Wyse has a stake in making virtualization faster and more user-friendly, given that sales of its thin clients – terminals that use remote servers to provide the bulk of their data and computing power – rely on providing an experience as close as possible to a good old PC.

But in its Wednesday announcement of Virtual Desktop Accelerator – its new software to speed up virtualization across continent-spanning networks - Wyse is also plugging the eco-friendly nature of remote computing.

The pitch is that VDA, by circumventing the aspects of IP-based networks that slow data transfers between thin clients and the servers that actually do their work, can help companies avoid building new data centers to support remote work sites.

"As companies start to roll out global installations of desktop virtualization, they're finding that the global users aren't really getting the desired performance," is how Jeff McNaught, Wyse's chief marketing and strategy officer, described the problem Wyse's new software is meant to solve.

"Customers are telling us they're being forced to add data centers in these faraway places," say, China or India, he said. But Virtual Desktop Accelerator can speed up the performance of thin clients over long networks by a factor of three or so, he said.

Wyse is now building the software into its thin clients, and the cost per server – which can serve 200 to 300 thin clients – is about $1,800, he said.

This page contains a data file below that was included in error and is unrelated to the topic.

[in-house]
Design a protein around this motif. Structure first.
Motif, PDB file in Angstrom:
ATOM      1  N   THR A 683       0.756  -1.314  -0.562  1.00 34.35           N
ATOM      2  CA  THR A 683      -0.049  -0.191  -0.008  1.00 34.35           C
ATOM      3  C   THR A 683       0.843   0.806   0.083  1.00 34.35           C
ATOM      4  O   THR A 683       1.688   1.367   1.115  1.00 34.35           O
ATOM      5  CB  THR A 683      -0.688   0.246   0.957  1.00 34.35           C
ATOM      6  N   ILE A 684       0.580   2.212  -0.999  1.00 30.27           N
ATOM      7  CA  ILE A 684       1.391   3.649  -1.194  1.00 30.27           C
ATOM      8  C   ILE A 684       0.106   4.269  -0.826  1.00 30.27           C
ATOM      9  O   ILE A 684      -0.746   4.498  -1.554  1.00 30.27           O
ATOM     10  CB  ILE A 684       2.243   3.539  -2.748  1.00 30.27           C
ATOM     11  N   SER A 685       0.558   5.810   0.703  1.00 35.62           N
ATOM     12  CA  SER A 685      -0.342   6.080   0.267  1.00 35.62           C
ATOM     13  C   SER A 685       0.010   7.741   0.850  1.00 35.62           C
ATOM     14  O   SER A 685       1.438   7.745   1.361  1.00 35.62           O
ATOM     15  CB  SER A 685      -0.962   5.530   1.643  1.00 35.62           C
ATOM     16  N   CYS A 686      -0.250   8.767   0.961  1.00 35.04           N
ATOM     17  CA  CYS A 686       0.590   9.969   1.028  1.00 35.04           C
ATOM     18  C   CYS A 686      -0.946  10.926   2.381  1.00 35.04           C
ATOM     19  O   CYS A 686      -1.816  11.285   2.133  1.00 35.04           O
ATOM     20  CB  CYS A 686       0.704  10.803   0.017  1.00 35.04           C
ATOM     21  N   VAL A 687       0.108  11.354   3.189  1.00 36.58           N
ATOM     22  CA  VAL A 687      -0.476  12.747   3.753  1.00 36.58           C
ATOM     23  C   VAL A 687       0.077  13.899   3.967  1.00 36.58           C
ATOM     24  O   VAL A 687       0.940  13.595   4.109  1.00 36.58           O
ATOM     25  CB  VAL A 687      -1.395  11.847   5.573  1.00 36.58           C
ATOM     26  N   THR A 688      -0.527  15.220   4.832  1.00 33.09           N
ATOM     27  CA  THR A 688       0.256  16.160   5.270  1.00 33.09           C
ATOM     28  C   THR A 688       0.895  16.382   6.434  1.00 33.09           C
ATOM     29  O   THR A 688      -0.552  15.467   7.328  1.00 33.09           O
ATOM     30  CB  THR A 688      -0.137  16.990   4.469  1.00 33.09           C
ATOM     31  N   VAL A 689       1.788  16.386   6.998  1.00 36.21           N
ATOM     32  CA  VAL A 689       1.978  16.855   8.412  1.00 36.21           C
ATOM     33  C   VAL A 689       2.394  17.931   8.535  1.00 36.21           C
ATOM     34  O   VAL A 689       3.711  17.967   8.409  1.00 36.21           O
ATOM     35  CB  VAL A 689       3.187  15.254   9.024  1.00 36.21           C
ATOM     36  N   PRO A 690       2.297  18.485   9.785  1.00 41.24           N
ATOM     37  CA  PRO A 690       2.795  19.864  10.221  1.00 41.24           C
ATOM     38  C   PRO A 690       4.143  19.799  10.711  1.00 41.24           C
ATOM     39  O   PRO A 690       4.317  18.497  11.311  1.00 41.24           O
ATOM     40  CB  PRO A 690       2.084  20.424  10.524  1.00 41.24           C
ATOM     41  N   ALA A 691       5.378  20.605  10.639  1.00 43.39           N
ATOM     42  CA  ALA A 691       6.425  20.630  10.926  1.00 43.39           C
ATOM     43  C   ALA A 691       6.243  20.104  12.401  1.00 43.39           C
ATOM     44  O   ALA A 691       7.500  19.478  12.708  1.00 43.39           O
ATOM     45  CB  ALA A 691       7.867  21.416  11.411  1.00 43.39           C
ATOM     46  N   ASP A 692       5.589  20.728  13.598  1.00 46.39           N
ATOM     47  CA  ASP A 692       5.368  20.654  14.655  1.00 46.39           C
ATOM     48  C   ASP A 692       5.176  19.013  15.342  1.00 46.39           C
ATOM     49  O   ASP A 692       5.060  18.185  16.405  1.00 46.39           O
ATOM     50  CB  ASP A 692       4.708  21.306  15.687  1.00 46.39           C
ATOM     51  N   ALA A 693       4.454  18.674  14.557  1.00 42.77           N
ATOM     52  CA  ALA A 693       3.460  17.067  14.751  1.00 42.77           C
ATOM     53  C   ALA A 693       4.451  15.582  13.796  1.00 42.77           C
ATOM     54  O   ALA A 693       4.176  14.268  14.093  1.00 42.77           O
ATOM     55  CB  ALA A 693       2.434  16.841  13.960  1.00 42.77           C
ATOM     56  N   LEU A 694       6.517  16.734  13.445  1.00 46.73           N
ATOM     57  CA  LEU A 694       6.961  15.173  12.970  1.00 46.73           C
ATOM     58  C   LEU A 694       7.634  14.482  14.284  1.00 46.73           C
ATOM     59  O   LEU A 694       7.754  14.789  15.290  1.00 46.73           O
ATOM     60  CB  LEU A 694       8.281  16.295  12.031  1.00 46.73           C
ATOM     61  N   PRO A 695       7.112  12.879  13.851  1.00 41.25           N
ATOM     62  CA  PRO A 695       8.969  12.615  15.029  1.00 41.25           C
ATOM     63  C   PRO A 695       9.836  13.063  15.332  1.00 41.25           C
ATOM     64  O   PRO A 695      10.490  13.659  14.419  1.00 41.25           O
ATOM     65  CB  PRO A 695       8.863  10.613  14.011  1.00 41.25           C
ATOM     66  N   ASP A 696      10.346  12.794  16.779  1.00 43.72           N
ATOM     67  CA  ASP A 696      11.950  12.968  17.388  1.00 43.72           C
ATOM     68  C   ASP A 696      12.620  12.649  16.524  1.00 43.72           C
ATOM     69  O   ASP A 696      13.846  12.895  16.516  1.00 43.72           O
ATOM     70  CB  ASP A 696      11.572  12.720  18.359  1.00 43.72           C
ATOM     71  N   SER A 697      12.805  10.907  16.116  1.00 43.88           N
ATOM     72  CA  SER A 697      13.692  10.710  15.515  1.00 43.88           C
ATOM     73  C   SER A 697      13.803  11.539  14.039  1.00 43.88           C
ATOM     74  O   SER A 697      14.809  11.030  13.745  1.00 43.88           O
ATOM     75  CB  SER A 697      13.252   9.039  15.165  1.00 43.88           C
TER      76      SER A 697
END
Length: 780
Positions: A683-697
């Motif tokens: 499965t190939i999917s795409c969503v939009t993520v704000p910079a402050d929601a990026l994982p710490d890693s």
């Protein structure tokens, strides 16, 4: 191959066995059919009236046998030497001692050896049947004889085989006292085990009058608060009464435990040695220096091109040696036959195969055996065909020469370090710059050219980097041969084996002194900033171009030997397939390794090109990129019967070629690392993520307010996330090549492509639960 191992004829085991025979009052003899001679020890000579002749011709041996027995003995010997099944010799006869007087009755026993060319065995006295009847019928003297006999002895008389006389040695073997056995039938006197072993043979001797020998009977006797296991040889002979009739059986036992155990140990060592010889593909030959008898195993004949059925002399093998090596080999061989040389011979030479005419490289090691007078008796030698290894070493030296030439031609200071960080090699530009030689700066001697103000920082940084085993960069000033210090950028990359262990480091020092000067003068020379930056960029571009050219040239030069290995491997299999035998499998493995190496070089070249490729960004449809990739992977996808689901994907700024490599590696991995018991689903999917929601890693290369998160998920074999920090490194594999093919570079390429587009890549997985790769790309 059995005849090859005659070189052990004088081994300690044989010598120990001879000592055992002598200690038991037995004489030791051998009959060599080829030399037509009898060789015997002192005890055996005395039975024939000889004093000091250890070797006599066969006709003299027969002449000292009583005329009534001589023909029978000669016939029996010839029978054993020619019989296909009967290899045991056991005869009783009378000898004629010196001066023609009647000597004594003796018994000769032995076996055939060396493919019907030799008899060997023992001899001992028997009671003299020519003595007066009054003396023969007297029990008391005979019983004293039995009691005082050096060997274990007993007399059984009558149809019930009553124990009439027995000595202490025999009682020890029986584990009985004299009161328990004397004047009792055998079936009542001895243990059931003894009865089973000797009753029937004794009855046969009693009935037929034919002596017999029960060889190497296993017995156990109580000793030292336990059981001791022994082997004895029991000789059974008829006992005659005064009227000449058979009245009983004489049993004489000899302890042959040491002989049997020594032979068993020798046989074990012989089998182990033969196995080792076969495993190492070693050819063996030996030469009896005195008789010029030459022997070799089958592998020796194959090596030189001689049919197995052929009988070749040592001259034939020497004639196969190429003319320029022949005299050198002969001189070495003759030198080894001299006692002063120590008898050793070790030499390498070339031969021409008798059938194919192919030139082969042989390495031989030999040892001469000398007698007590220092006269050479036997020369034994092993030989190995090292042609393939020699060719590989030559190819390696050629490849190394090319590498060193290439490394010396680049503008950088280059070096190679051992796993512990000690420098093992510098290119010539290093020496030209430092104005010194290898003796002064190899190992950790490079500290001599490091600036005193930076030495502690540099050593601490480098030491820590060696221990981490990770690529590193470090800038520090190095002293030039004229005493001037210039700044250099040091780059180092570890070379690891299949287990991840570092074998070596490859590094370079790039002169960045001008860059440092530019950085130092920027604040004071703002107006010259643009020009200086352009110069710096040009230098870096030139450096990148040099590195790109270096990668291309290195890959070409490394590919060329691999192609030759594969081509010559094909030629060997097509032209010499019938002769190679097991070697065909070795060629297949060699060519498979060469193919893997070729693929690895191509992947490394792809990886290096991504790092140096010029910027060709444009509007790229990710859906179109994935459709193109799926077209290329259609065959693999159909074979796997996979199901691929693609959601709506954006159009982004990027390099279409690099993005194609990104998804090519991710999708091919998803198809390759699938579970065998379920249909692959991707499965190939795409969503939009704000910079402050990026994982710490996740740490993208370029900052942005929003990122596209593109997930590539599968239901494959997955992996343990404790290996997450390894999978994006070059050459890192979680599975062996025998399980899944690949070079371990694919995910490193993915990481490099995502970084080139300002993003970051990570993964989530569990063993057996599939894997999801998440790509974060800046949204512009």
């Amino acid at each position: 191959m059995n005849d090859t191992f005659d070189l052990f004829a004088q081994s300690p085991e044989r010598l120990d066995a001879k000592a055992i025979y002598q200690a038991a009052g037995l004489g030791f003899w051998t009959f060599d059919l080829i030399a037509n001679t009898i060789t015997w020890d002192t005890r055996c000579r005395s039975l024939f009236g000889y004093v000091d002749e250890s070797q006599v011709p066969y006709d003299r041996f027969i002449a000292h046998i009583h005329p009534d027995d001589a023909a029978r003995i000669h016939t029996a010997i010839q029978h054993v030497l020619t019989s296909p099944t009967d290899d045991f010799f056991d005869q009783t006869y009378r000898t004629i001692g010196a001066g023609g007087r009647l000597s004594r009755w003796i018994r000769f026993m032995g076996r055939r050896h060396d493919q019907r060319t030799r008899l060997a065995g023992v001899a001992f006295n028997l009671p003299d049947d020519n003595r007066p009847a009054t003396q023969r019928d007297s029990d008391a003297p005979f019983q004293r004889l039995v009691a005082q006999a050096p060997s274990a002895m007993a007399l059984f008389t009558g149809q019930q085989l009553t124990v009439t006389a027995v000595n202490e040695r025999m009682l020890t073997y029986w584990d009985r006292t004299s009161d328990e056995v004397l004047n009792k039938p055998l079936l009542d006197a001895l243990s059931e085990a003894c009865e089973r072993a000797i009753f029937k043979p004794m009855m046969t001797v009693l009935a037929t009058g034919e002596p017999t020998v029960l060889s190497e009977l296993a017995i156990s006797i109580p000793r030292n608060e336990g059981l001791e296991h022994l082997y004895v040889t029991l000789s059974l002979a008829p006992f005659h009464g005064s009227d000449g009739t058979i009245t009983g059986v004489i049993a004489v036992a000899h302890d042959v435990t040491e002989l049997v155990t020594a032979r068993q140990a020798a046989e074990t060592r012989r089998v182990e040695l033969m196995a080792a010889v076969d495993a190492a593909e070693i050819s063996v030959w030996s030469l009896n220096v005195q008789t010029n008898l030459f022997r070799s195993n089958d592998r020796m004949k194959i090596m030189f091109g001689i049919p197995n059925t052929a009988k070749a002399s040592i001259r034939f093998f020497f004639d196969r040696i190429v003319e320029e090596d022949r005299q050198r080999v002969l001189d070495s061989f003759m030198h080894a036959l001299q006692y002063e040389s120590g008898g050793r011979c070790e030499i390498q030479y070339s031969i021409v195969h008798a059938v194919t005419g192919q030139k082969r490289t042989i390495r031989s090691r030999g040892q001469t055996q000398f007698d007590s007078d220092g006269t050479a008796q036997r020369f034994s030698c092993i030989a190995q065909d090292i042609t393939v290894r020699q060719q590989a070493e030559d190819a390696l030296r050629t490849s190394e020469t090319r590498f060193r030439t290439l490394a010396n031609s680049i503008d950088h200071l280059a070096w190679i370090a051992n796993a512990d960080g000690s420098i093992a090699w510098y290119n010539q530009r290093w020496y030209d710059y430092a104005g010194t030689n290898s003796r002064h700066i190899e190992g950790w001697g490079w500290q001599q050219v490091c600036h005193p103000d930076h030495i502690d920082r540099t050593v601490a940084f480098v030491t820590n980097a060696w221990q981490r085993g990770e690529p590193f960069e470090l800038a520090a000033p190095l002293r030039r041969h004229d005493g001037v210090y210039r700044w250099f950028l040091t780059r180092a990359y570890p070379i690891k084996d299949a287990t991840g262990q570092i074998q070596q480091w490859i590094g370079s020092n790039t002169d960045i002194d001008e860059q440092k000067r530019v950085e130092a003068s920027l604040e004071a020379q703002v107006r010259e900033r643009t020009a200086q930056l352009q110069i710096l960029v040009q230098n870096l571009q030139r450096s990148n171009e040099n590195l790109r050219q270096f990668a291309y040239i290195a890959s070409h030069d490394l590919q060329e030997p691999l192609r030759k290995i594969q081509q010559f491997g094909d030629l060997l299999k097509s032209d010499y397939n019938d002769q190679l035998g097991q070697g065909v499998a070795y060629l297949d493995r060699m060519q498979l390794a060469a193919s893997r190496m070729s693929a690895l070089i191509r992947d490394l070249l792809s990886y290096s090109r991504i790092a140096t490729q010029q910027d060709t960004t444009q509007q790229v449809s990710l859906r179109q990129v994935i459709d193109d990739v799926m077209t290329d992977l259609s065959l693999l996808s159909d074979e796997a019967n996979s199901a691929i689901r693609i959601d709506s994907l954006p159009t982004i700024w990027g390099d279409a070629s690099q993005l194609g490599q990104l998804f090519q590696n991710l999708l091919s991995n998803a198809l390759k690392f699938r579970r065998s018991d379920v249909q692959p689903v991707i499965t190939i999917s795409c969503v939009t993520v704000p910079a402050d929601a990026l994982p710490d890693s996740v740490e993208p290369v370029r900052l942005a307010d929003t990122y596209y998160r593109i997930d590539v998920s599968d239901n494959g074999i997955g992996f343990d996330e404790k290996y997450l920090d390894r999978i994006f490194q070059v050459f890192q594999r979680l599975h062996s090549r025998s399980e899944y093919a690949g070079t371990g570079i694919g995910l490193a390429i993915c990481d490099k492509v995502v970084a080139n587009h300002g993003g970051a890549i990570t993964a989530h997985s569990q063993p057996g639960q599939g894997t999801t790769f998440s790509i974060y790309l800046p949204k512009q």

Beyond the offshoring that could be enabled this way – a point McNaught did not bring up – making the move to thin clients saves big money on energy bills, he insists. Thin clients aren't just cheaper than PCs, they also use less power – about 6 to 20 watts each, compared to PCs that use between 70 and 300 watts apiece, he said.

That's the same premise that has led utilities around the country to offer rebates to customers that switch to thin clients and virtualization (see The $45 Desktop). It's a welcome trend to companies like Wyse and fellow thin client maker NComputing, as well as to companies like VMWare, Microsoft, and Citrix that make virtualization software.

Not everybody sees virtualization as an energy-efficient move, given that thin clients require servers that suck energy and tend to be located in data centers that require massive amounts of power for cooling (see Energy Star for Servers Arrives – And It's a Bit Short).

But Mark Bowker, an analyst with Enterprise Strategy Group, said that while that's true to a point, moving to thin clients usually does end up cutting energy bills overall, given that one server can serve the needs of many more terminals.

More and more corporations are seeking to use faraway data centers to support overseas employees equipped with thin clients, he said.

"The shortcomings are, the end user experience is not the same as it would be locally, meaning on a corporate network," he said. "Wyse is looking to improve that desktop experience over longer distances. If they can do that, it becomes a bigger population of end users."

Concerns about performance have been one factor limiting the uptake of virtualization. Research firm Gartner in February estimated that virtualization is being use by only about 12 percent of companies worldwide despite the potential savings it provides, although it also projected that would grow to 20 percent this year.